Few singer-songwriters working today have the enormous back catalog and loyal fanbase that Tori Amos does. In a recent interview with Vulture’s David Marchese, Amos mentioned that touring has been her “bread and butter” for many years—and speaking as one of her loyal fans, there is a reason why so many of us keep going to her shows. Her current tour for her album Native Invader has been praised by her die-hard fans, and although there is a saying that there is “no such thing as a casual Tori Amos fan” (not inaccurate, in my experience), Amos’s showmanship and skills as a performer are unparalleled.
Amos’s show at the Oakland, California’s storied Paramount Theater was my 10th time seeing her in concert. I was not expecting any surprises, because I know the drill with these, or thought I did: Tori performs a lot of deep cuts from her back catalog, and there is a different setlist every show; she always does two encores; some drunk dingus will probably scream in the middle of a quiet song; there will almost always be one song she performs that’s not quite a fan favorite, but that garners polite applause nonetheless; another tipsy doofus screams “I LOVE YOU, TORI!!!” at some point. I was expecting all of these things to occur, and most of them did by the end of the night.
What I did not expect was the breadth of Sunday’s setlist—after Amos blasted through the first song, an outstanding version of “Cruel” from 1998’s from the choirgirl hotel, it was clear that she was bringing her A-game to this show (to use a very overused metaphor). I hope Amos is paying her lighting and stage designers handsomely—gorgeous lighting and a minimalist, forest-themed projected backdrop helped to bring many of her new arrangements of classic songs to life, even as it tended to reflect a sort of Winter holidays in Twin Peaks theme.
The first segment of the concert was heavy on Amos’s b-sides; this section included a looping, slightly-too-long version of 1994’s “Sister Janet,” Native Invader’s extremely political b-side “Russia,” and “Angels,” the best song on the hilariously titled 2003 best-of compilation Tales of a Librarian. People were excited about that last one—probably because she does not perform it live too often. My favorite moment from the first half—and perhaps of the whole show, although there were tons of highlights—was Amos’s gentle reworking of 1994’s “Bells For Her,” a heartrending narrative about the end of a friendship.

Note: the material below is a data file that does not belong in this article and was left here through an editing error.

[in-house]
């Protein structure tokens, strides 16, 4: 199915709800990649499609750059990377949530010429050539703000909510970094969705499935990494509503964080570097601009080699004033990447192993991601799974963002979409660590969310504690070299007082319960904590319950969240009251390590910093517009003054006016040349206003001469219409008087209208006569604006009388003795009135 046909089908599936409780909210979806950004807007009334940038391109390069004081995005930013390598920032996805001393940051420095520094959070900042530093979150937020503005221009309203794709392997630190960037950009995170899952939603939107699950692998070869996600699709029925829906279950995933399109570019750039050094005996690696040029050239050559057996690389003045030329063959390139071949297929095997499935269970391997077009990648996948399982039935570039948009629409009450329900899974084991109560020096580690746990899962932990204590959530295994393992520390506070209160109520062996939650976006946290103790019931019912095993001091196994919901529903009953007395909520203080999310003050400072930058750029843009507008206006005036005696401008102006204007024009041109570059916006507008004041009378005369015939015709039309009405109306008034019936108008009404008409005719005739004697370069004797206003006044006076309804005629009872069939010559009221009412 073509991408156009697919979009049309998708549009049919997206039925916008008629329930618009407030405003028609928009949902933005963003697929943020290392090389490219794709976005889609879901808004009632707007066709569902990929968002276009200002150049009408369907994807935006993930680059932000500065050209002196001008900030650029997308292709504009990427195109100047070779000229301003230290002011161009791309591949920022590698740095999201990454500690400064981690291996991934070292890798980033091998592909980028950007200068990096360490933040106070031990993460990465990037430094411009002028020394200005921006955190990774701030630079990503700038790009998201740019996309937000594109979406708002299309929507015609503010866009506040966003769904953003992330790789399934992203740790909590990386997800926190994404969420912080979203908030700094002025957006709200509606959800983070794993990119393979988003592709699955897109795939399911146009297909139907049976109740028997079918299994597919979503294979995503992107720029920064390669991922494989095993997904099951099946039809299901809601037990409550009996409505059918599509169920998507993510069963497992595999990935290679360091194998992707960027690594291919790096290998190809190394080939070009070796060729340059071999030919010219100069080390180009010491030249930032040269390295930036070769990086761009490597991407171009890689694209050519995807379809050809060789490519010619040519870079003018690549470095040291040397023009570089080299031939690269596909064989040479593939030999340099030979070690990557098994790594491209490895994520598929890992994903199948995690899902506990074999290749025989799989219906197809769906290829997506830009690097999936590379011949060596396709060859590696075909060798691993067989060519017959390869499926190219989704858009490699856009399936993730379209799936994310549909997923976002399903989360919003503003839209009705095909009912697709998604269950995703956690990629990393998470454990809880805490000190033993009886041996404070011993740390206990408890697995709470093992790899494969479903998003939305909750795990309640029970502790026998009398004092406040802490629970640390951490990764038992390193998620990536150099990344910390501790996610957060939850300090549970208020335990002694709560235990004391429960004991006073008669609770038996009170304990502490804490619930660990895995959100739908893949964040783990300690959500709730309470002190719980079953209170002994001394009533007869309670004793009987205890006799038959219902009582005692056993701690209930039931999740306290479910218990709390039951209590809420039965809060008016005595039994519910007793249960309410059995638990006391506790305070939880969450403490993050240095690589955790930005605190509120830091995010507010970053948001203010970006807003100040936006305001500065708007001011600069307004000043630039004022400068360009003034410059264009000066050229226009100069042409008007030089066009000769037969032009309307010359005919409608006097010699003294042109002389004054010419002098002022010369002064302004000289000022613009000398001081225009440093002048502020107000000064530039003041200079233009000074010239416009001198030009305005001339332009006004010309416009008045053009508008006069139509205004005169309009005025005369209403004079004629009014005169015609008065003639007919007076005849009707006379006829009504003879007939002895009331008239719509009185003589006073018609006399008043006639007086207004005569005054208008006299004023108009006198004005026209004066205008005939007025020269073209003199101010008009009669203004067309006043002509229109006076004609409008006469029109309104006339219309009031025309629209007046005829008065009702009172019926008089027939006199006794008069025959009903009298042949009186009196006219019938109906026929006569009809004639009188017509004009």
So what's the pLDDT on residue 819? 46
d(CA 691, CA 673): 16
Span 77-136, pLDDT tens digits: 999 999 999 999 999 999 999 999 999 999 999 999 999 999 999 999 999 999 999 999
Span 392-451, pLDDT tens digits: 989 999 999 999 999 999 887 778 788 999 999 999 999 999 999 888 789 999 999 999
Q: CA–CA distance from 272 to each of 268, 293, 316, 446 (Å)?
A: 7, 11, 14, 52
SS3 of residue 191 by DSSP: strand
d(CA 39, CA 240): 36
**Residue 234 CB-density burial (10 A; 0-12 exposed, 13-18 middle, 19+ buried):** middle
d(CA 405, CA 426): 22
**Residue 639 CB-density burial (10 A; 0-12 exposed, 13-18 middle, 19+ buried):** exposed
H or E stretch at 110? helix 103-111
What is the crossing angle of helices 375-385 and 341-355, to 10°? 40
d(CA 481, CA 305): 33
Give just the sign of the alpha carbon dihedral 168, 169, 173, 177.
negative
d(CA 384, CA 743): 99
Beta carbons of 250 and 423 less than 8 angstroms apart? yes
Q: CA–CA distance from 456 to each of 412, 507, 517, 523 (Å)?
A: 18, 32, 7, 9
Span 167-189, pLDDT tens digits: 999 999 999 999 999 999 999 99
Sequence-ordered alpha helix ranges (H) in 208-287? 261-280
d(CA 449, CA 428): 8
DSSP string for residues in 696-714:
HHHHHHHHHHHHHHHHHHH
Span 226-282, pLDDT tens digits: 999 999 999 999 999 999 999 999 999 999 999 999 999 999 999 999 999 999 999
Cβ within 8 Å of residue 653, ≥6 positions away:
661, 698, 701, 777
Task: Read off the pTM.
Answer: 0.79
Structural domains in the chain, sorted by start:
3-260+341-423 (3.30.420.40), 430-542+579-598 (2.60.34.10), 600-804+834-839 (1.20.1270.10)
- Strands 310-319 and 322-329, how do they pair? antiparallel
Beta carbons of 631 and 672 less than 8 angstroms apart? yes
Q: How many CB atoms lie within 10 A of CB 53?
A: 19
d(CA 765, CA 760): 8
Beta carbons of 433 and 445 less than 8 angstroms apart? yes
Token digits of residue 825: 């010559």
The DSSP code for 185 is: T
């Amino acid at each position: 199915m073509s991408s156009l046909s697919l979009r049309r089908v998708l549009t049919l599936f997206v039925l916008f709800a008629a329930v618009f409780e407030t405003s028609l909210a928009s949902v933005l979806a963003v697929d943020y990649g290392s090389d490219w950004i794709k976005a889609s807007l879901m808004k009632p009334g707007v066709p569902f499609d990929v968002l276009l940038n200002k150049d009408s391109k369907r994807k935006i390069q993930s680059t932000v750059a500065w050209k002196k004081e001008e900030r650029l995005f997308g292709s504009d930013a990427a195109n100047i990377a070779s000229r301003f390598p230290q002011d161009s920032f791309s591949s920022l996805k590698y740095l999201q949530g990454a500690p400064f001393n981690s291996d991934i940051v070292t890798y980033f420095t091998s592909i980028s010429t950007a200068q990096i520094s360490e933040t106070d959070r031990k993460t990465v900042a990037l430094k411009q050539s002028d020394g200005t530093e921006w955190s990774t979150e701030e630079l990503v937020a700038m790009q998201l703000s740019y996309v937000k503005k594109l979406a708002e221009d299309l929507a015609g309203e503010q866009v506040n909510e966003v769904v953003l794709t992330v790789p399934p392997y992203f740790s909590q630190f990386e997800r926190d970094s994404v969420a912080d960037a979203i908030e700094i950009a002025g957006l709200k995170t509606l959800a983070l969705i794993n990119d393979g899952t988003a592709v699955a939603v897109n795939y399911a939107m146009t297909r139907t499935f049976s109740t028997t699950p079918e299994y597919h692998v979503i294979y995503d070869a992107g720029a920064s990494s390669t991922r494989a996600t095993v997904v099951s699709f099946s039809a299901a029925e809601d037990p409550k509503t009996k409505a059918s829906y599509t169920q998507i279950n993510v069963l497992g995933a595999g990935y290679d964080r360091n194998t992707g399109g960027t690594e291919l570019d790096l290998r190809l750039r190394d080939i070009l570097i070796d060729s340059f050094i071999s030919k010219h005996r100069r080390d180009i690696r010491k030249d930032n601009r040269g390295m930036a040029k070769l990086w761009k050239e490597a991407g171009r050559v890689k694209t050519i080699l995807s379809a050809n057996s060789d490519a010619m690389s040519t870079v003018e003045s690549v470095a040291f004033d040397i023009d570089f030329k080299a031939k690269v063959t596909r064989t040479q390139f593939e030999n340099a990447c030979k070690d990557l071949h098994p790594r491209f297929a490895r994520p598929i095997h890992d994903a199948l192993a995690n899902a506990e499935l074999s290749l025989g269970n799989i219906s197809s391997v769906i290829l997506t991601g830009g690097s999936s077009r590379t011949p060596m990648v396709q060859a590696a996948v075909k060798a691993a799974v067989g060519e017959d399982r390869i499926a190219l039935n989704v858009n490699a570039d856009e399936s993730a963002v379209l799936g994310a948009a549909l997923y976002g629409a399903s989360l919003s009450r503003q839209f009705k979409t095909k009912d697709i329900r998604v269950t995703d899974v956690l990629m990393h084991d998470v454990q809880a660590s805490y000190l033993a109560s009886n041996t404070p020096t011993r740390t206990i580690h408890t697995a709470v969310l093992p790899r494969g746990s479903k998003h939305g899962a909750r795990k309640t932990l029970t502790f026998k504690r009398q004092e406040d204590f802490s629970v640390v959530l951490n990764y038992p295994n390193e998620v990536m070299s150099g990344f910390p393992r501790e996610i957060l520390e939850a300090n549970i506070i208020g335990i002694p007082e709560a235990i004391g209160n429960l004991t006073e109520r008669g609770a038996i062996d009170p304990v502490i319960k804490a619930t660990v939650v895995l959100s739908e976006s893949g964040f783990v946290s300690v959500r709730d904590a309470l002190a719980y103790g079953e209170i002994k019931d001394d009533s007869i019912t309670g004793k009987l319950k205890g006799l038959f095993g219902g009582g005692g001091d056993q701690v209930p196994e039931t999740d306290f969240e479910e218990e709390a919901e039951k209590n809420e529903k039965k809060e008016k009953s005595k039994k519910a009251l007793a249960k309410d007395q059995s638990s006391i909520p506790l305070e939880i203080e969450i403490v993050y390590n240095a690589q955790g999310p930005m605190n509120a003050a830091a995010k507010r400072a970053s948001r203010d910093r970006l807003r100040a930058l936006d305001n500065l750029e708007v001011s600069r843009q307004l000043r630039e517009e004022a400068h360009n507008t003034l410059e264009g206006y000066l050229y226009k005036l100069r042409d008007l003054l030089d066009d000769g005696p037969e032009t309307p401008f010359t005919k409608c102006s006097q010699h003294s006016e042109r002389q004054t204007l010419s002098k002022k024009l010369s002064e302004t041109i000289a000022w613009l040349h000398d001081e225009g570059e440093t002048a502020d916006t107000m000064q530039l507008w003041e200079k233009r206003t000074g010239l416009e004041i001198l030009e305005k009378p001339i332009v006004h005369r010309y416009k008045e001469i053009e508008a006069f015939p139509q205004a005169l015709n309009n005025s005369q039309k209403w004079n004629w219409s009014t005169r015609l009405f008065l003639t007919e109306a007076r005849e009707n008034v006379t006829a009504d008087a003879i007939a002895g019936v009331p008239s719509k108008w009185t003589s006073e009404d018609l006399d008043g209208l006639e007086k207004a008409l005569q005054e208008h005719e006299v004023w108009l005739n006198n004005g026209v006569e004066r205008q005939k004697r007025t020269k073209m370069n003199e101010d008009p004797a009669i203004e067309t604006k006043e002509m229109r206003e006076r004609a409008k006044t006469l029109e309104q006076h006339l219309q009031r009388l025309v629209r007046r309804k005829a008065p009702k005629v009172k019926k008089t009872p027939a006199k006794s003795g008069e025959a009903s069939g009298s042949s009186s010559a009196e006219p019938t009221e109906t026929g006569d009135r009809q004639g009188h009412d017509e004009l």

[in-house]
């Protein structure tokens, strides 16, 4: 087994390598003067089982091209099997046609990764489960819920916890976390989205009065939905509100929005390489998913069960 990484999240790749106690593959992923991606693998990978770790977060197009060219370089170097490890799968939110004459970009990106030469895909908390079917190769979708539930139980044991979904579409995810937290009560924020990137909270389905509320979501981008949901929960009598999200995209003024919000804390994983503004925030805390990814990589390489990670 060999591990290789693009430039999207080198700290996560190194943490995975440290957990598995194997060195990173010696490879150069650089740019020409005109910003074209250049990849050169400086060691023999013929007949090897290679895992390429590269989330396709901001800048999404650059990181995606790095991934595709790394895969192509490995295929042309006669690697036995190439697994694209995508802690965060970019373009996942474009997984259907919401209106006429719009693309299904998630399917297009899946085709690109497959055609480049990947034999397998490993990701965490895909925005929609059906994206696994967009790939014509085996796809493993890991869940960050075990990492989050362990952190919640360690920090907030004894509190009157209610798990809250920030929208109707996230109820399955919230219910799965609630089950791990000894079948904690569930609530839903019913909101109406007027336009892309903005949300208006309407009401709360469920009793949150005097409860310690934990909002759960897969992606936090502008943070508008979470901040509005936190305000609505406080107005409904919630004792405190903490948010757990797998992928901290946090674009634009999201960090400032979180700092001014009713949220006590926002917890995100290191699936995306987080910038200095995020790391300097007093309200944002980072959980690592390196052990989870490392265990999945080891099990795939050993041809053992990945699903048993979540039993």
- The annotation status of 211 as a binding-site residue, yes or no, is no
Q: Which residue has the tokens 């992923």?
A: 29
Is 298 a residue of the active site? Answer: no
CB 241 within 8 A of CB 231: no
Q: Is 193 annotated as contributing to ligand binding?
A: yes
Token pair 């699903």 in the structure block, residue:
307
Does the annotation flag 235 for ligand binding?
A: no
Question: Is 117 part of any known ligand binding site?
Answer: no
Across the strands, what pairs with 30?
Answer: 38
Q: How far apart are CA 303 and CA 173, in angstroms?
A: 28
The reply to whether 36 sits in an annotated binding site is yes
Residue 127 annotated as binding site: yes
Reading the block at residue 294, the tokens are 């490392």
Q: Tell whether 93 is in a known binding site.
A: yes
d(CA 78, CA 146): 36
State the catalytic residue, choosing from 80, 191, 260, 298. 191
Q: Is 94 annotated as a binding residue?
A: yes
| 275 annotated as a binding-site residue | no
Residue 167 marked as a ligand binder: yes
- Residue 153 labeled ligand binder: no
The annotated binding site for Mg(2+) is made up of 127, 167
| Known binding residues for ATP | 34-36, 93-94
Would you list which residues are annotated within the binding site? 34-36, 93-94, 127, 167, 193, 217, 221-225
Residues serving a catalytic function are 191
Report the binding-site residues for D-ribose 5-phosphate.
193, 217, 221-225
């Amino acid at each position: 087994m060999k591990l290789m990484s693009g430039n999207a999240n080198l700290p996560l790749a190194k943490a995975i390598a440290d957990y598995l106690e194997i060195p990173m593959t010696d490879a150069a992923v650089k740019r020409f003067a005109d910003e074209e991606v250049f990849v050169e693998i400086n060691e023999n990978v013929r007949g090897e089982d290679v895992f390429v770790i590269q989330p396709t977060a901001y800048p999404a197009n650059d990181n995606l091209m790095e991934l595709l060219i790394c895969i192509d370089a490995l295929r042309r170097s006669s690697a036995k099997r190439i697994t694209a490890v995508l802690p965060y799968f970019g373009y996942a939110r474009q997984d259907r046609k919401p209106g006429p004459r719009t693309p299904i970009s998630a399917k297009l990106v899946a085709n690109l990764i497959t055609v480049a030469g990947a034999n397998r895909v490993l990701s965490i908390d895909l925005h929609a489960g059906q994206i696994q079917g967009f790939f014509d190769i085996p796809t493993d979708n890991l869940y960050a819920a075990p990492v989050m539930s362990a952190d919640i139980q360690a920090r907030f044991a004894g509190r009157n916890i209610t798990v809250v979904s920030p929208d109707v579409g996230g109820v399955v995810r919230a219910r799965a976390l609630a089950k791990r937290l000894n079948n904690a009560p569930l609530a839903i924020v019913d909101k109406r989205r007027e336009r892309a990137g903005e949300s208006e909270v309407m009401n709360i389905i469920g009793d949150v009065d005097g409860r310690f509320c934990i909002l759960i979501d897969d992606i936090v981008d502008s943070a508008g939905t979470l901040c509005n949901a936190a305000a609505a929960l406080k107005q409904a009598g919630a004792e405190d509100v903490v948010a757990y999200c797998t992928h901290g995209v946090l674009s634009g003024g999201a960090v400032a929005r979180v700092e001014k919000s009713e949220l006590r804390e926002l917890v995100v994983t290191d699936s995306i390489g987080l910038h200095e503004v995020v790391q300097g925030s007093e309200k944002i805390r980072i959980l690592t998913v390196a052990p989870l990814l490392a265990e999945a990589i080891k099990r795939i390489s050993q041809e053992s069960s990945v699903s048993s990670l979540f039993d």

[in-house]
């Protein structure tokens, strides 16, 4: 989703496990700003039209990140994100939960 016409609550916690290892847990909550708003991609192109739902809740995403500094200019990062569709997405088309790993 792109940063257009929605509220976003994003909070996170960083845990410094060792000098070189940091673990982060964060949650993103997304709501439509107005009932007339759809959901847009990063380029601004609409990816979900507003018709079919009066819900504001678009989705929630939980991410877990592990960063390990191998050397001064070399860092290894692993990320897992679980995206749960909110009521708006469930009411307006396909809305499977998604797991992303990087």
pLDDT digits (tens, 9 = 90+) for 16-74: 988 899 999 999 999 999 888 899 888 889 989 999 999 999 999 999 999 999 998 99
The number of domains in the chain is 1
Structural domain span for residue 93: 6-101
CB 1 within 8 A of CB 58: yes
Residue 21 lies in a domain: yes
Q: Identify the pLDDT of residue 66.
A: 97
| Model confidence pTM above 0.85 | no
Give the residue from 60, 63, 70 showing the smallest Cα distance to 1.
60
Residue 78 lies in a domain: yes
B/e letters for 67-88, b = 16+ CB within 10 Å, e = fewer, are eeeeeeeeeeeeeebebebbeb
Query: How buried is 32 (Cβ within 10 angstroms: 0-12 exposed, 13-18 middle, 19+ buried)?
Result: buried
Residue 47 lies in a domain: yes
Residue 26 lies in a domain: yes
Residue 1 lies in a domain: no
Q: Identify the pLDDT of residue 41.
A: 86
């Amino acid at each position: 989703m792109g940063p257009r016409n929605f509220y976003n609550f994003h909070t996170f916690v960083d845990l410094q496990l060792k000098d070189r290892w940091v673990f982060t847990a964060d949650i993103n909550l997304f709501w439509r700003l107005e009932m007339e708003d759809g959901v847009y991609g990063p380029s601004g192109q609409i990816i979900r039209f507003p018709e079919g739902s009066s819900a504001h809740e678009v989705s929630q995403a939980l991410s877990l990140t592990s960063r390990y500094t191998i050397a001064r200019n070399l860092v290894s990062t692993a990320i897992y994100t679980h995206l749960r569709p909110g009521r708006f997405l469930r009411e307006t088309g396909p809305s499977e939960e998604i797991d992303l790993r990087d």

After two excellent covers—Bette Midler’s “The Rose” and The Police’s “Wrapped Around Your Finger,” respectively—the show’s second half was distinguished by an absolutely blistering version of the Southern Gothic-y “Little Amsterdam,” an emotional “Carbon,” and a mesmerizing version of choirgirl b-side “Purple People (Christmas In Space).” Sunday’s show marked the first time that I’d heard several of my favorites of Amos’s songs (because no Tori super-fan can pick just one) played live.
For people who might want to ask, “Why do you need to see Tori Amos ten times?” here’s your answer: Amos has so many incredible songs and such depth as a performer that, if you’re a fan, you go to her shows just to see what she’s going to sing next.
To sum it up: if you’re reading this because you can’t decide whether to go to an Amos show—whether because you are a more casual fan, are just getting into her music, or are not familiar with her live performances–just buy the ticket(s) and go. The worst that could happen is that you’ll get sick of the piano noodling, or perhaps the songs that stretch into seven or eight-minute versions and that barely resemble their studio counterparts.
Photo credit: Rufus/Creative Commons